In school we learn to compute the basic operations \(+,\) \(-,\) \(\times,\) \(\div,\) and perhaps \(\sqrt{\ \ }\) by hand, and gain a visceral sense of how they work. When we later encounter more advanced functions—such as \(\cos,\) \(\log,\) or \(\arctan\)—these are treated as black boxes: we are told to simply "punch it into the calculator". I think this contributes to a sense of discomfort with these functions.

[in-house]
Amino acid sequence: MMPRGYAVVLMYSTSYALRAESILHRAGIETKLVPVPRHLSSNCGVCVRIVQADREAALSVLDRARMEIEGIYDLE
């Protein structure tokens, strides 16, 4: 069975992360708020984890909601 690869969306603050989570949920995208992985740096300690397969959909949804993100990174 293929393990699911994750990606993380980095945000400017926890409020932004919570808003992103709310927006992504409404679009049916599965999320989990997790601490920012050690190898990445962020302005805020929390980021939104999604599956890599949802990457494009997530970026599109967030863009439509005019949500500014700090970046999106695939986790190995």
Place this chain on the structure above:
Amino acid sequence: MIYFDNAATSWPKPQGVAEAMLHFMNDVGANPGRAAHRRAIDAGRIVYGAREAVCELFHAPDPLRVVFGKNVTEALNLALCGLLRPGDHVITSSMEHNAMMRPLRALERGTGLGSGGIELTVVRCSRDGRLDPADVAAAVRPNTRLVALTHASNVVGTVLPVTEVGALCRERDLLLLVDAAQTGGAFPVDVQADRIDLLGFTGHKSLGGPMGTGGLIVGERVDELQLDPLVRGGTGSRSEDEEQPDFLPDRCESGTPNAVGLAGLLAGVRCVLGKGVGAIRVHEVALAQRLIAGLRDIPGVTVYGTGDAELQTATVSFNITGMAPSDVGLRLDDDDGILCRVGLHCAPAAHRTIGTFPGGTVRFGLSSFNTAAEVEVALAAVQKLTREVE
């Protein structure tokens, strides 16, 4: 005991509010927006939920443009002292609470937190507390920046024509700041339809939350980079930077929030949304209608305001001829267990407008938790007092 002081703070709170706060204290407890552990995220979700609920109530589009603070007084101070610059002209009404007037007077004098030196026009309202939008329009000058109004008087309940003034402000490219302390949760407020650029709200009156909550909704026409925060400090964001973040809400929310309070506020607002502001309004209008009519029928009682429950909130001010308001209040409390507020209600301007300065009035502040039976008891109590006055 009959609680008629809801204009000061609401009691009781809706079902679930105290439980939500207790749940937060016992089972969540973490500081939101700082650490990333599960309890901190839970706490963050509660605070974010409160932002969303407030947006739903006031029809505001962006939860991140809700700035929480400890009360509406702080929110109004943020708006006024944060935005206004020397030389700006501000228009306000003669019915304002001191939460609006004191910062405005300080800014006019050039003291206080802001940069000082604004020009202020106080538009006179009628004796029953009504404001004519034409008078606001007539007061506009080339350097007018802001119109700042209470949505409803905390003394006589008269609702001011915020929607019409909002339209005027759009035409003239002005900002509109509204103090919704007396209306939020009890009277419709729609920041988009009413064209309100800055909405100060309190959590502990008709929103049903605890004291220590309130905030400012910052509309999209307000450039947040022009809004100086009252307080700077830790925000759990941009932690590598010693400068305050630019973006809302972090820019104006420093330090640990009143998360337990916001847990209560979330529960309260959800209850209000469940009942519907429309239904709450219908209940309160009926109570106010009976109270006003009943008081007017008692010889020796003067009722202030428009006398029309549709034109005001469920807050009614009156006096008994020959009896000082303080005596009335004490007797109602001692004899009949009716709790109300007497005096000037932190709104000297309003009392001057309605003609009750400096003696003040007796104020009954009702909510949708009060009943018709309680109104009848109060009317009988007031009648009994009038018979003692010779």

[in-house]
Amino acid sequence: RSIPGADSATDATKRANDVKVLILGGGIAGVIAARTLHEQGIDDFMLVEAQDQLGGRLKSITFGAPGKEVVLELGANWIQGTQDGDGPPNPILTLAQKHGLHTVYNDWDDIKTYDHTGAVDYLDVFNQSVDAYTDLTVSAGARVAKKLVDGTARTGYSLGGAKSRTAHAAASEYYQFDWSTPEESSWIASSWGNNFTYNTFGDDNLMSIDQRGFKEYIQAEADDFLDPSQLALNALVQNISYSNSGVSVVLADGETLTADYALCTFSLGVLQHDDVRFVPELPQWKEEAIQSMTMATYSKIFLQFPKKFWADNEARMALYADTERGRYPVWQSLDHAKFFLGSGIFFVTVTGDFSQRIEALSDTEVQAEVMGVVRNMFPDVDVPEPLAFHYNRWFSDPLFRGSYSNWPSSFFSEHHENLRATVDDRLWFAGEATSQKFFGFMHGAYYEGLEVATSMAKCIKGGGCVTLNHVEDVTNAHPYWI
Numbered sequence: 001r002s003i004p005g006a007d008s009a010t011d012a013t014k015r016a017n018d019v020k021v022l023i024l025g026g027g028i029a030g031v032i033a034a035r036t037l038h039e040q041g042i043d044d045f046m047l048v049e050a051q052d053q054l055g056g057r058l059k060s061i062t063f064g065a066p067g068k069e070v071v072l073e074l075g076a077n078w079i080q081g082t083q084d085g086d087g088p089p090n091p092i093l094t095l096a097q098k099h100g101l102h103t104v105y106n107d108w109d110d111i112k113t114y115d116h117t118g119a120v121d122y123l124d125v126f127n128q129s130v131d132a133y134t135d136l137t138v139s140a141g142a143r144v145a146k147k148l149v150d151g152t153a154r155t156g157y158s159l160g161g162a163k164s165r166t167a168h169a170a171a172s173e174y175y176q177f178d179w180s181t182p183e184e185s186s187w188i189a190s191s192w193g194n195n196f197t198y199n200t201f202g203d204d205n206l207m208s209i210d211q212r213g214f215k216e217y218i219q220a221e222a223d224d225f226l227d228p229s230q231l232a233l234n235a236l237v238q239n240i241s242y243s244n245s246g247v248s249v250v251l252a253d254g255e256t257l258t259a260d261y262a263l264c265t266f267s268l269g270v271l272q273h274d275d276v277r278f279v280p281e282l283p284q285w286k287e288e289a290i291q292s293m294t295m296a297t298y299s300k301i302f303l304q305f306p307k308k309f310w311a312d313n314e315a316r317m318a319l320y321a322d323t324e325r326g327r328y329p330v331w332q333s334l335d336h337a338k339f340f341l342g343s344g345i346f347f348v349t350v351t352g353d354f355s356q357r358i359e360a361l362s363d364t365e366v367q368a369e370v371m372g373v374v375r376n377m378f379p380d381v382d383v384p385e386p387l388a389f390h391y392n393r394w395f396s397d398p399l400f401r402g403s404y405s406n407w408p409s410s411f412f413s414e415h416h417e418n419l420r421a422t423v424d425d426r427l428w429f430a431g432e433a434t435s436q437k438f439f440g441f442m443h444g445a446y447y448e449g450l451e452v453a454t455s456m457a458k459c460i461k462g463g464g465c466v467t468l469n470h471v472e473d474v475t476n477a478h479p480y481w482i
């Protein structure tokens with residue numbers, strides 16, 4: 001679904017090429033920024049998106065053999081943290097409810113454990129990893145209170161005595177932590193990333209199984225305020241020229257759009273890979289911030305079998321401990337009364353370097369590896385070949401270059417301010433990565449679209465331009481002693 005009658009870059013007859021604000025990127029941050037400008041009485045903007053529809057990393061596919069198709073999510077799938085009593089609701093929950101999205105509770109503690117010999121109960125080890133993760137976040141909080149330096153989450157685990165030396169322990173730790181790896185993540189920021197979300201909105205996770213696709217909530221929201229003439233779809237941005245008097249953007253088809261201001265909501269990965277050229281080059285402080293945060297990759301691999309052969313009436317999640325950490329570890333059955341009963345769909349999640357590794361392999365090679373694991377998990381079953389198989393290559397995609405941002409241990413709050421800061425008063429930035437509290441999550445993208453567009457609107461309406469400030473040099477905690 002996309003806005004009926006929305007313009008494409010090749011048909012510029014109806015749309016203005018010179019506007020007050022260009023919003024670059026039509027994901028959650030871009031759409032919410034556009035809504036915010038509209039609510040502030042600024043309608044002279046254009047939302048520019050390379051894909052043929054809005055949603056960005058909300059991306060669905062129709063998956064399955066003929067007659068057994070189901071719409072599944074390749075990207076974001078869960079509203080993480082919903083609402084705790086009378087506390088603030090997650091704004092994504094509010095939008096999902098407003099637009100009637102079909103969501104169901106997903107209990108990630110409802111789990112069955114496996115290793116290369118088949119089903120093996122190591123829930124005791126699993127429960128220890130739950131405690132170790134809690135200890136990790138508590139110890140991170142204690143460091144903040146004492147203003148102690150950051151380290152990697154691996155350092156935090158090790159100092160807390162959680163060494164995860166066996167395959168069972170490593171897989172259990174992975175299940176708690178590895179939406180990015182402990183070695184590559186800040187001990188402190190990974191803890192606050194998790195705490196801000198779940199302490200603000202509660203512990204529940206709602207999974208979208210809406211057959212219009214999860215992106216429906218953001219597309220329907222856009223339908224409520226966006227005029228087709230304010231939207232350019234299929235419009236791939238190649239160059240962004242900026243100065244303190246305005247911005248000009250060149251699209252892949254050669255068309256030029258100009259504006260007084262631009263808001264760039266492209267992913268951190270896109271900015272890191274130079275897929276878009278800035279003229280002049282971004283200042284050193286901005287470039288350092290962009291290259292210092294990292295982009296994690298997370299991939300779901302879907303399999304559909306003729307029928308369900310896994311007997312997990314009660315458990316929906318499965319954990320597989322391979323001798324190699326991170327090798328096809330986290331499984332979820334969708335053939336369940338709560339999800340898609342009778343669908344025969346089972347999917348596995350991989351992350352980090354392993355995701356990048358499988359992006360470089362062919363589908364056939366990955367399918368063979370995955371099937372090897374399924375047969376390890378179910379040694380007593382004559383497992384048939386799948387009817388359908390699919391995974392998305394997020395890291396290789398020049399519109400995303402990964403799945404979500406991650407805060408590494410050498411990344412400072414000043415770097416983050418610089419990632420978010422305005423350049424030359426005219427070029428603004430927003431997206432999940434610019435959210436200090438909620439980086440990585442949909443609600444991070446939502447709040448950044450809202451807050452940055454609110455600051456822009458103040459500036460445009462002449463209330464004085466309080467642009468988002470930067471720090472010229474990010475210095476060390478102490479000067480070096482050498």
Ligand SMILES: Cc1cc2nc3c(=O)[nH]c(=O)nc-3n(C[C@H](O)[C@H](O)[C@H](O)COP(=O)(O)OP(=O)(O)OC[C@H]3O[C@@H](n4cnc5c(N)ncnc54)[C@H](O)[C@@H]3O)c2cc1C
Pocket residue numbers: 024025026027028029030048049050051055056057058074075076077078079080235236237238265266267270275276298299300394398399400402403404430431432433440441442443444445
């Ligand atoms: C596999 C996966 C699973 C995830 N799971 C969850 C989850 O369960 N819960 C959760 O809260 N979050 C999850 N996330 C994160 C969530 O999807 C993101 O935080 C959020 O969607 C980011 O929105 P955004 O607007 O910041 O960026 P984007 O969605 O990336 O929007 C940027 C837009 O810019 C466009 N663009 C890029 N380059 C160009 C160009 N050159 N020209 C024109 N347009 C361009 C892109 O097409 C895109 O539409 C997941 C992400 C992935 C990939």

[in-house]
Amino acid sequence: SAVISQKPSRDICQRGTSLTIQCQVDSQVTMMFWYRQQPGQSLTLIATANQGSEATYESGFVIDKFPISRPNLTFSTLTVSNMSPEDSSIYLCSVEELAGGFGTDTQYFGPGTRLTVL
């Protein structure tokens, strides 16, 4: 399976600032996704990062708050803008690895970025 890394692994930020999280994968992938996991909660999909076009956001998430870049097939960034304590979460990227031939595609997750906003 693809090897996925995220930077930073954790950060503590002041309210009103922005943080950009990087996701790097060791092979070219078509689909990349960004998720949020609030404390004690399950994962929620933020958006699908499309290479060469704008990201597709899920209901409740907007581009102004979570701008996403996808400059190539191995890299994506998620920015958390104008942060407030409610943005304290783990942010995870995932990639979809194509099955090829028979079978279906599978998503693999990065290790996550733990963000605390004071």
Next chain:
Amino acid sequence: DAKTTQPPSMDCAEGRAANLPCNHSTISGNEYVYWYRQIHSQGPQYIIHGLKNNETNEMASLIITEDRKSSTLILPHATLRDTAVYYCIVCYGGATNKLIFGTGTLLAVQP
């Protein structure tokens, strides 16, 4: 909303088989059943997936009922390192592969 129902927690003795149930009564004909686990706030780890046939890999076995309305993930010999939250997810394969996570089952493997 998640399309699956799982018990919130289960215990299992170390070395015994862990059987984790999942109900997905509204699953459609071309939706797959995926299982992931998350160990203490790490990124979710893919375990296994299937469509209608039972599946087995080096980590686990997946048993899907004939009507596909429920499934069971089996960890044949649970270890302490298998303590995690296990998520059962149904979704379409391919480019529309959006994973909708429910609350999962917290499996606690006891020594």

The goal of this unit is to learn to implement all the elementary functions on a computer, starting from first principles. This will also serve as an opportunity to review the theoretical properties of these functions; a recurring theme will be how theoretical properties can lead to practical algorithms. Finally, it will provide a concrete illustration of important concepts from analysis.


Exponents and logarithms